Back to Deborah’s “snow globe,” our barriers are seemingly intractable because we cannot seem to find public policy that pushes our envelope (sorry) to do anything on a rational basis. (EDITOR’S NOTE: For the non-policymaker-type, rational means doing things in an efficient, effective, and time-sensitive fashion, rather than the alternative, the “incremental” method, loosely defined as a snail-paced, politically-oriented method of policy development which is safer, but not time sensitive; we are a society caught in the net of incremental public policy development). We are so far behind the eight-ball on these issues that the task ahead of us seems insurmountable, at best. Whatever we do on a legislative slate, we seem to be in the same position we were before we started. The snow reads as deception. Our leaders are deceiving us. We elect them into powerful positions, whether that be school councils, mayors, state officials, or members of Congress, and they don’t get the job done.
This is, of course, a deficit philosophy and perspective. If we focus on what “cannot” be done, we never get to what can be done. As a nation, we need to focus on what we can do to elevate the educational opportunities, therefore the workforce opportunities, of Latino/a youth in this country. If not, we have severe problems ahead of us. I’ve stated this before: the 19th century was the British century; the 20th century was the American century, and the 21st century firmly belongs to the Asians. Two countries–India and China–together house 1/3 of the world’s population. And together, they also are gaining political, financial, and military clout. Be forewarned.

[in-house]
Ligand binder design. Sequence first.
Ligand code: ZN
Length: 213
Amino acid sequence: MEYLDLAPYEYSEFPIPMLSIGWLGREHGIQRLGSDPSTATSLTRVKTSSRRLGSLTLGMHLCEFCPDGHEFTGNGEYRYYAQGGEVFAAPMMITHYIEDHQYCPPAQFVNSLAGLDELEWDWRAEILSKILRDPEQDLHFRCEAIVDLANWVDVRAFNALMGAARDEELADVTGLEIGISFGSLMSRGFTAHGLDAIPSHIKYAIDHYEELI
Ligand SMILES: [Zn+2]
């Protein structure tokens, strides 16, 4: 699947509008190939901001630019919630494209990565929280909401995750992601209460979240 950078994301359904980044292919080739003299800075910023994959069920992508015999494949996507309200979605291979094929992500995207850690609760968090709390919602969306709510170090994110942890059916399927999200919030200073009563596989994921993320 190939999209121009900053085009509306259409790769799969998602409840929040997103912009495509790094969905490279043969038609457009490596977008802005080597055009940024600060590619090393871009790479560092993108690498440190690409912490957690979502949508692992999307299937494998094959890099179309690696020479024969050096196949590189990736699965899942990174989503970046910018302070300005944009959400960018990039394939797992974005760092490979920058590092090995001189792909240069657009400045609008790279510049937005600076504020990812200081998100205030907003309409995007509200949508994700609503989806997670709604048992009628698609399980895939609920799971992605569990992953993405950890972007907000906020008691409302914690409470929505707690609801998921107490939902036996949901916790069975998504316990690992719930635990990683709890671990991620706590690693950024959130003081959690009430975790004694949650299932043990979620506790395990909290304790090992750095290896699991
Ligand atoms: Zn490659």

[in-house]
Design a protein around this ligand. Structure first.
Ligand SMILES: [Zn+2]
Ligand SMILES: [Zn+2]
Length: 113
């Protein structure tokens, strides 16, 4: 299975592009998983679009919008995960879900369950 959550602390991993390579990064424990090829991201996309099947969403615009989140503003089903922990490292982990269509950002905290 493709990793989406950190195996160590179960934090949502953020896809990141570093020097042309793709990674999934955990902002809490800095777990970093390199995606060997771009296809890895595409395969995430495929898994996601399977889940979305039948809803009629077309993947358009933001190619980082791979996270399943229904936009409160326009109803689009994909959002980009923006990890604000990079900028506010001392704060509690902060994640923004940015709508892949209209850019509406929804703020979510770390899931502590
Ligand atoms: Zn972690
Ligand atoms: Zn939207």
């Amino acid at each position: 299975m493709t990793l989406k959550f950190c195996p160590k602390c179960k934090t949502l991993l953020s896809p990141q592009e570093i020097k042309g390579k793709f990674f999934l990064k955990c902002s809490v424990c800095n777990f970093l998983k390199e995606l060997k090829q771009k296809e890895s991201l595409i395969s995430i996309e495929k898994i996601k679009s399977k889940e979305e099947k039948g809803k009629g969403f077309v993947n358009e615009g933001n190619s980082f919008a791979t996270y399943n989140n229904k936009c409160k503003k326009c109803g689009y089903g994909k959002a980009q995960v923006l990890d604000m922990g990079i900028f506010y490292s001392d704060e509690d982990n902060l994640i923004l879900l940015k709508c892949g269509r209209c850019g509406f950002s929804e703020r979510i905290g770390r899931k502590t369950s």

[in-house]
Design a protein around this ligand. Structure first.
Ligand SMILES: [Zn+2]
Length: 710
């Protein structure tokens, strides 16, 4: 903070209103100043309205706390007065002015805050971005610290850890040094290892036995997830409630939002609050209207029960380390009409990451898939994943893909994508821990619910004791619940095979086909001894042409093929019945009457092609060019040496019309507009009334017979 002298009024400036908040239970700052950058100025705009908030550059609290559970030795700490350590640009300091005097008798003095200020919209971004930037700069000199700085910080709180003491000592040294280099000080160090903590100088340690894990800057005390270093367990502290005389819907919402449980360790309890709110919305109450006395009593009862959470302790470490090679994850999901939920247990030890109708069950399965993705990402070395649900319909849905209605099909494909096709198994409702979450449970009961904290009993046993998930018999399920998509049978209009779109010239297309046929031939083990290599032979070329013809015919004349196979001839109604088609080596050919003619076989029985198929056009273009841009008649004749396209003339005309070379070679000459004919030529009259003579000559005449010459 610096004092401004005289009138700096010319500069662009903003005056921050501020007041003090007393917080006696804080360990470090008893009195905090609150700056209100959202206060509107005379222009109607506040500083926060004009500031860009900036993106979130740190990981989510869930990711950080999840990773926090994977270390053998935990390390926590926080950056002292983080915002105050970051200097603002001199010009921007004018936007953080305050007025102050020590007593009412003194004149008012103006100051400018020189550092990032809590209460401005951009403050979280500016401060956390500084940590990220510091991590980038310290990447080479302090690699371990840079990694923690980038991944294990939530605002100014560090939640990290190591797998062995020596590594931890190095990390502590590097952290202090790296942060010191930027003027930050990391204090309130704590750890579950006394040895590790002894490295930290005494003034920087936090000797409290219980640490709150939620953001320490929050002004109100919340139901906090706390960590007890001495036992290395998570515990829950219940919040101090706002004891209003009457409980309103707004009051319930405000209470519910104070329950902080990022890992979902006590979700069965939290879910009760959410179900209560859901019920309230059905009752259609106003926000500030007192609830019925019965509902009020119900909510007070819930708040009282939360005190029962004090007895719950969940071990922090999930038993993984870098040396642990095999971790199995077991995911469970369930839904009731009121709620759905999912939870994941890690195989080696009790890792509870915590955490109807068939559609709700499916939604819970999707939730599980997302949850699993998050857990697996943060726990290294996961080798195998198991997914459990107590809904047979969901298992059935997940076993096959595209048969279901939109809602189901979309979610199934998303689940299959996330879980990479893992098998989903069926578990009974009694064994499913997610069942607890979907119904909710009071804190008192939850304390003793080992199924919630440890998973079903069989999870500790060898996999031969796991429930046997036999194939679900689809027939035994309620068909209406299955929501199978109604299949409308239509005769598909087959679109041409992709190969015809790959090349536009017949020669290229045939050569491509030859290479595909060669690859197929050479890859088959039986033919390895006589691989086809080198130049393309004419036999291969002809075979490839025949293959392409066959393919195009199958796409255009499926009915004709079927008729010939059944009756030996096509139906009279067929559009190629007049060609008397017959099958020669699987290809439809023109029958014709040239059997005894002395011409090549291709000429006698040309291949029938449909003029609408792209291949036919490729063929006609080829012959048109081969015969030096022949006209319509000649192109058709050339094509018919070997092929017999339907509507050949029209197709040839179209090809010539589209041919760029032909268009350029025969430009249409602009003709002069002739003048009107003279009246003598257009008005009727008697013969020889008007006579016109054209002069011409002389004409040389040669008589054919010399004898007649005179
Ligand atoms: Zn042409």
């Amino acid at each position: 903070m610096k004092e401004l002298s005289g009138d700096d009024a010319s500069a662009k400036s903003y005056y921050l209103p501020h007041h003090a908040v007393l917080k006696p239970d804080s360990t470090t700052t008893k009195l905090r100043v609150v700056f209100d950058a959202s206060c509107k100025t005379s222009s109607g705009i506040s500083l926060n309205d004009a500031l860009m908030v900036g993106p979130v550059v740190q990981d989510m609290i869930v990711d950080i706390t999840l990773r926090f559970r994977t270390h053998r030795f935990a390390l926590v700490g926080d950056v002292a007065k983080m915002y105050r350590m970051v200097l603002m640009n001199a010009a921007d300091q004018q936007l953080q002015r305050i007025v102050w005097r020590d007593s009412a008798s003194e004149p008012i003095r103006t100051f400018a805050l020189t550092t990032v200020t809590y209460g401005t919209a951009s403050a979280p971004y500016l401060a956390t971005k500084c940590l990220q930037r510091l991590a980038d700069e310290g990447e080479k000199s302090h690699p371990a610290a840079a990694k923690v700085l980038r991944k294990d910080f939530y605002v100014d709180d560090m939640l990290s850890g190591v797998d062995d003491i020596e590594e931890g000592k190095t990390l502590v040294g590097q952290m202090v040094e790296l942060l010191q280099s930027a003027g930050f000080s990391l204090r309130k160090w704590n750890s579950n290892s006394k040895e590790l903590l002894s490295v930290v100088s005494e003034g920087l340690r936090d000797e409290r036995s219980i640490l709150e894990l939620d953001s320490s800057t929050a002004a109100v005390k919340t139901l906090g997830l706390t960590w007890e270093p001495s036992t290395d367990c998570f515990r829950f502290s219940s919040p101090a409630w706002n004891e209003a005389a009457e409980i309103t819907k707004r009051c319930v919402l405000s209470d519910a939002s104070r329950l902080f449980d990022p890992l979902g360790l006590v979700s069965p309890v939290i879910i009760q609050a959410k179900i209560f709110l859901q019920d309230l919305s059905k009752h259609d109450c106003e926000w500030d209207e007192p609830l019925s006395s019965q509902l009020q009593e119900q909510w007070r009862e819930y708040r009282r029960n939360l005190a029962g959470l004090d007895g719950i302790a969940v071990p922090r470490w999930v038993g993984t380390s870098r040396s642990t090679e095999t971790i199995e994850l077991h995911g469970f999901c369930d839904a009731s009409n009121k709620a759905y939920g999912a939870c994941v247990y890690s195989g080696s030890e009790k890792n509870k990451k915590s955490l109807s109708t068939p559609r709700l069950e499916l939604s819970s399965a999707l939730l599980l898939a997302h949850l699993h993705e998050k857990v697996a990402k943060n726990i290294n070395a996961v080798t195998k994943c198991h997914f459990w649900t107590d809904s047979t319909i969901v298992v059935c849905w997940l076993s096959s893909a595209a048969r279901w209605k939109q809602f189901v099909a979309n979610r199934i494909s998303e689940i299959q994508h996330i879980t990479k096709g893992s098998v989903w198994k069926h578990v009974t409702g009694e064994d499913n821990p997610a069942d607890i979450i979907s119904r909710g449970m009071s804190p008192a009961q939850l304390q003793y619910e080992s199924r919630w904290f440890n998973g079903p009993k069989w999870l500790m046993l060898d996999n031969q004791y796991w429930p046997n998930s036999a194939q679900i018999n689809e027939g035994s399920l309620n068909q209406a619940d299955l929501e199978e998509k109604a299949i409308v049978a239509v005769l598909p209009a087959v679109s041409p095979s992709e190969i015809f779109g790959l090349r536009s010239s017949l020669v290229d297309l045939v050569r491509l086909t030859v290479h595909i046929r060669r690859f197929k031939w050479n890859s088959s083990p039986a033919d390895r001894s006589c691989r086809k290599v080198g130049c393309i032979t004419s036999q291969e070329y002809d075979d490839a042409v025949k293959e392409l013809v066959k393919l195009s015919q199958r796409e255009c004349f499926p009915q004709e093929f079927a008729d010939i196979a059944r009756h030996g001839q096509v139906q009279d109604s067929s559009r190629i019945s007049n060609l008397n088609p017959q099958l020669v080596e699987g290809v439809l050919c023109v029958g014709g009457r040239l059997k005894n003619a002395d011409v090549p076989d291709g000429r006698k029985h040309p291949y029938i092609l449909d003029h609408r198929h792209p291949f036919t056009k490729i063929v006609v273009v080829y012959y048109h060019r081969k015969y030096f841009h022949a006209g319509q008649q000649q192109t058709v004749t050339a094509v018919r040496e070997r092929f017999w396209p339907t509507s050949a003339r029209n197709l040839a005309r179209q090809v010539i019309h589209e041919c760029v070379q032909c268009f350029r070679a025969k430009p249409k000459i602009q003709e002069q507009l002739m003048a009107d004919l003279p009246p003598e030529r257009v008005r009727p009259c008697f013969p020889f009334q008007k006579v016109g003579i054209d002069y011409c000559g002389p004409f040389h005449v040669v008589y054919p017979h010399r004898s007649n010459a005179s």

For the US (and yes, Canada and Australia and the rest of the world too!) to be competitive, we need to find more rational ways to improve our education systems at the elementary, secondary, and postsecondary levels. If not, we will lose further ground in the global economy.
Natural resources are one of those attributes countries are fortunate to have, whether that be hydro, petrol, or agricultural. Our greatest resource, however, are our human resources. The greatest economies are always led by the nation with the best and brightest. This has been America’s trump card over the past century plus. If this is our philosophy, we certainly cannot marginalize the fastest growing constituency in this country.
Thus, we need to move from talk to action, but our current economic downturn suggests that education will be backburned, yet again, due to poor policy development among our legislators (it’s not Wall Street! It’s what we allowed Wall Street to do!). I’ve always been fascinated that when we run into economy turmoil, when people flock back to postsecondary education, states cut funds to higher education. Antithetical, don’t ya think?
At some point, we need kick some serious policy butt and move forward with agendas that matter. After the election fatigue caused by a 2.5 year cycle, many of us in the US are tired of talking about trivial (at best) policy issues (I don’t give a damn who Ayers is or that Bristol’s boyfriend quit high school to work in the oil fields, although the latter is not a great long-term career move; he apparently needs some good career and college guidance…). We need a lightening bolt to reenergize the commitment necessary to help not only Latino/as but all Americans. It’s time to move on. This isn’t partisan. This is life. And we’re wasting too many of these lives because we can’t move beyond the politics.